The Vikings ran into angry Bears last weekend; angry Packers are next on the docket.
By BRIAN HALLFS North
EDEN PRAIRIE, Minn. — The
Minnesota Vikings returned to Winter Park last week, seemingly refreshed from some time off during the bye and fully focused on the task ahead: a six-game finishing stretch filled with divisional games that would truly define Minnesota's surprising, bounceback season.
Players and coaches talked about "controlling our own destiny." The Vikings were 6-4 but still faced an uphill climb toward the playoffs behind two NFC North opponents -- Chicago and Green Bay -- and a crowded field vying for wild-card spots. Yet, with the schedule ahead, with two games each against the Bears and
Packers, Minnesota did control its fate.
One thing it didn't control is what was happening elsewhere.
While the Vikings were getting back from the bye, Chicago was embarrassed by the San Francisco 49ers 32-7 on "Monday Night Football" without Bears quarterback Jay Cutler in the lineup. Chicago would be returning home, licking its wounds and preparing for the supposedly rested and determined Vikings.
Then on Sunday, Minnesota didn't look like the focused, rested team it said it was. Instead, the Bears were the motivated, hungry ones in a 28-10 Chicago win. If the Vikings believe they are a playoff team and were as single-minded as they had said, it didn't show in the disappointing loss.
"We really didn't do a lot of things we talked about what we had to do to win against a good team on the road," coach Leslie Frazier said. "And the result was we walked off the field really disappointed in our performance and the way we played. We know we have to play better all the way across the board. We have to do a better job from a game plan standpoint, putting our players in a better position to make plays. But when you have the opportunity to make plays, you still have to make plays."
If Minnesota wants to show things have changed after last year's 3-13 debacle, it still has a chance in the final five games, but the sense of urgency must be more apparent than in Sunday's loss. And the next opportunity is directly ahead of them -- a very similar opportunity.
The Vikings travel to Green Bay to play the Packers this Sunday. Just like the Bears previously, Green Bay is coming off a lopsided loss on national TV. Just like Chicago, which got Cutler back in time to face Minnesota, the Packers could be getting healthy for the NFC North showdown with the Vikings. All reports say No. 1 receiver Greg Jennings will return to the lineup for the first time since Week 4. Top pass rusher Clay Mathews also has a chance to return after missing the past two games.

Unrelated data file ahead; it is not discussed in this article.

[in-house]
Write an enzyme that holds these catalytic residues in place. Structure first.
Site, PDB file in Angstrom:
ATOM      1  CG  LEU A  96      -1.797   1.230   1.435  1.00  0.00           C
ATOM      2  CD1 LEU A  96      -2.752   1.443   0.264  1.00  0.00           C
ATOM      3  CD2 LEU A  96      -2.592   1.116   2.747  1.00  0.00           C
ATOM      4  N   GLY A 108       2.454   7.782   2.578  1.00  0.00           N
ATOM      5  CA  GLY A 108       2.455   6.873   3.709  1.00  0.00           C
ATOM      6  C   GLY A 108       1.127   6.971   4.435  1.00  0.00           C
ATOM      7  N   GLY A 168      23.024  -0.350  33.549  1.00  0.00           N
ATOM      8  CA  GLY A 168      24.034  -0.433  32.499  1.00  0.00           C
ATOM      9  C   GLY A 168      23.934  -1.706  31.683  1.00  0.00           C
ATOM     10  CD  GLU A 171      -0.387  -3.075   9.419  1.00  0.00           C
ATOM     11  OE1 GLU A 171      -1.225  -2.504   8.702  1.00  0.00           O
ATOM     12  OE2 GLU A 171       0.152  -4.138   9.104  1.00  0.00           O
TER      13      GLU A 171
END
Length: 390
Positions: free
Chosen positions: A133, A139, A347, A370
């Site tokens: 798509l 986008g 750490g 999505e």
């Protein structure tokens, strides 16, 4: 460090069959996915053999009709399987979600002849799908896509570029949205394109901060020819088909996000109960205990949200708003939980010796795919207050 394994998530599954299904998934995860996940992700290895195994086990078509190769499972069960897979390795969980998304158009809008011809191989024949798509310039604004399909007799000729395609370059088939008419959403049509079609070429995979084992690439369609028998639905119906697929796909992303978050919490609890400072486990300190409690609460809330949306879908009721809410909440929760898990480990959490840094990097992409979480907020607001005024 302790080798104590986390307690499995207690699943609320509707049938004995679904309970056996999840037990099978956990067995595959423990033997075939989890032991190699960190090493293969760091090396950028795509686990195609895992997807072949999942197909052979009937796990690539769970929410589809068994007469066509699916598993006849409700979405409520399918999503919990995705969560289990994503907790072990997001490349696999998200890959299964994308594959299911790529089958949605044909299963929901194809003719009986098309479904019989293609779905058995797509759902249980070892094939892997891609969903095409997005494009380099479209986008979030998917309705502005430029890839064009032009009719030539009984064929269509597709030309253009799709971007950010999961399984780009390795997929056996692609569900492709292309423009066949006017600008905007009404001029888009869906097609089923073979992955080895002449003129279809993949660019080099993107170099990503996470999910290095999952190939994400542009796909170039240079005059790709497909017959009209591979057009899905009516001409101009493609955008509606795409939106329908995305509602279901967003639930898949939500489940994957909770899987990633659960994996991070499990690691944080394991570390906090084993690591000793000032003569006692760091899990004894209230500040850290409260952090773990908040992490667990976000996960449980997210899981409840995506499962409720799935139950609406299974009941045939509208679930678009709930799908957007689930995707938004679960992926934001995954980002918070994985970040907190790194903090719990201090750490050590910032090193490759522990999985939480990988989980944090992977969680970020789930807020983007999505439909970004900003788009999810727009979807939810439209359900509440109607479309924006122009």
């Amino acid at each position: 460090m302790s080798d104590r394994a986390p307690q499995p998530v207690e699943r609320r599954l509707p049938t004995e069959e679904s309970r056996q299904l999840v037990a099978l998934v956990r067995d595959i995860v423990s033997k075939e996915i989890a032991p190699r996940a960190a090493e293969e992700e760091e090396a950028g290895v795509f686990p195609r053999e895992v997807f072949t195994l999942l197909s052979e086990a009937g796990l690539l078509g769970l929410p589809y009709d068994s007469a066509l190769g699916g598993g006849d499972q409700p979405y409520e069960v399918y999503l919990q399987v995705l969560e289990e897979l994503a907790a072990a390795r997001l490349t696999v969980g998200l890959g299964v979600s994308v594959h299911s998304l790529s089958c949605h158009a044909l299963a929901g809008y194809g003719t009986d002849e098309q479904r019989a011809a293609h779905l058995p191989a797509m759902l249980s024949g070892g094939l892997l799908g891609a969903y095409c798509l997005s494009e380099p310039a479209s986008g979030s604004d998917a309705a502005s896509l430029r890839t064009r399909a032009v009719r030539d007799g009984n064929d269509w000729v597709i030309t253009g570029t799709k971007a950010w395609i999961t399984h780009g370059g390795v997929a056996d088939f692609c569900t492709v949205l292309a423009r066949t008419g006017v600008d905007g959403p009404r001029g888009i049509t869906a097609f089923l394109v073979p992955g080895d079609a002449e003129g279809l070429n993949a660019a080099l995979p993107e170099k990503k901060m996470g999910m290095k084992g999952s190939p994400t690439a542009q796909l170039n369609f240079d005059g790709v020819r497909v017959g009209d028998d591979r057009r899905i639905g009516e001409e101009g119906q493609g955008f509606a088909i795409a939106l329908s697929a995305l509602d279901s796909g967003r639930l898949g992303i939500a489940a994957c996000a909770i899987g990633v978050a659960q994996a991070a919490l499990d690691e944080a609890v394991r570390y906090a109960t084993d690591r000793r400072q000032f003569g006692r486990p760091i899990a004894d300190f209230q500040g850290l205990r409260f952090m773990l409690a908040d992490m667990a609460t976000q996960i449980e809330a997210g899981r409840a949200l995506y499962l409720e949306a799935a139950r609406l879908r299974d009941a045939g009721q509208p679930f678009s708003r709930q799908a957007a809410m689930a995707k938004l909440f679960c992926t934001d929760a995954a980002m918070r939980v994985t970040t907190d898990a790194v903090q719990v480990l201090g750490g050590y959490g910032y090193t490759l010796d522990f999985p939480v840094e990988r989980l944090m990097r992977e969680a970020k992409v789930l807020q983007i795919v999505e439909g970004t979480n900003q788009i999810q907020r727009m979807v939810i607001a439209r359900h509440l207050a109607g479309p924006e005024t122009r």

And there's the fact that Green Bay, reeling from its 38-10 beating at the hands of the Giants, will be plain angry and ready to take it out on Minnesota in another divisional road game for the Vikings.
"You just try and learn week to week," Minnesota receiver Michael Jenkins said. "It's tough to go on the road and play like that, knowing that if we do that again, it's going to be the same outcome."
The Vikings (6-5) have talked about their opportunities ahead, and rightly so. Minnesota has a chance to make the playoffs for the first time in three seasons. Sunday's loss at Chicago ultimately didn't hurt in the wild-card race except for the missed chance. The Packers (7-4 and a game behind 8-3 Chicago in the NFC North), Seattle Seahawks (6-5) and Tampa Bay Buccaneers (6-5) all lost Sunday.
Ultimately though, the Vikings will have to show up with more fight, more motivation than they displayed Sunday. Minnesota had a prime chance to take control against the Bears after Chicago lost a fumble on its first offensive play. The Vikings could only turn the takeaway into three points. After that, Minnesota's defense forced a three-and-out by the Bears.
But the tide turned after Adrian Peterson's fumble, which Chicago turned into a touchdown, and Minnesota seemingly never recovered. A three-and-out and a short punt led to a Bears field goal, and the rout was on against a listless Vikings' team that was dropping passes and fumbling on offense and unable to put pressure on Cutler and stop the Bears on third down on defense.
"Our defense goes out, gets a turnover right away, first play of the game," Frazier said. "That lifts your spirits. Now you want to finish with a touchdown and you're on the road. It's a chance for what we talked about -- quiet the crowd down early -- and we didn't do that. From a defensive standpoint, that's a big deal if they hold you to a field goal and they're starting at the plus-28 or plus-27 and then we come right back after our defense stops them again and we turn the football over, which is what they feed off of. That's where their energy derives from, so we did the opposite of what we should have done to start that game."
Minnesota can't afford the same on Sunday at Green Bay. The Vikings have lost four straight games against the Packers. Minnesota has lost five of its past six games at Lambeau Field.
"We have a lot of work to do," Frazier said. "I have a lot to do to get our team back, refocused on the task at hand for this next ball game."
And time is running out for the Vikings to do just what they talked about before the bye and controlling their own destiny. An embarrassed, motivated, healthier Green Bay team likely feels the same way.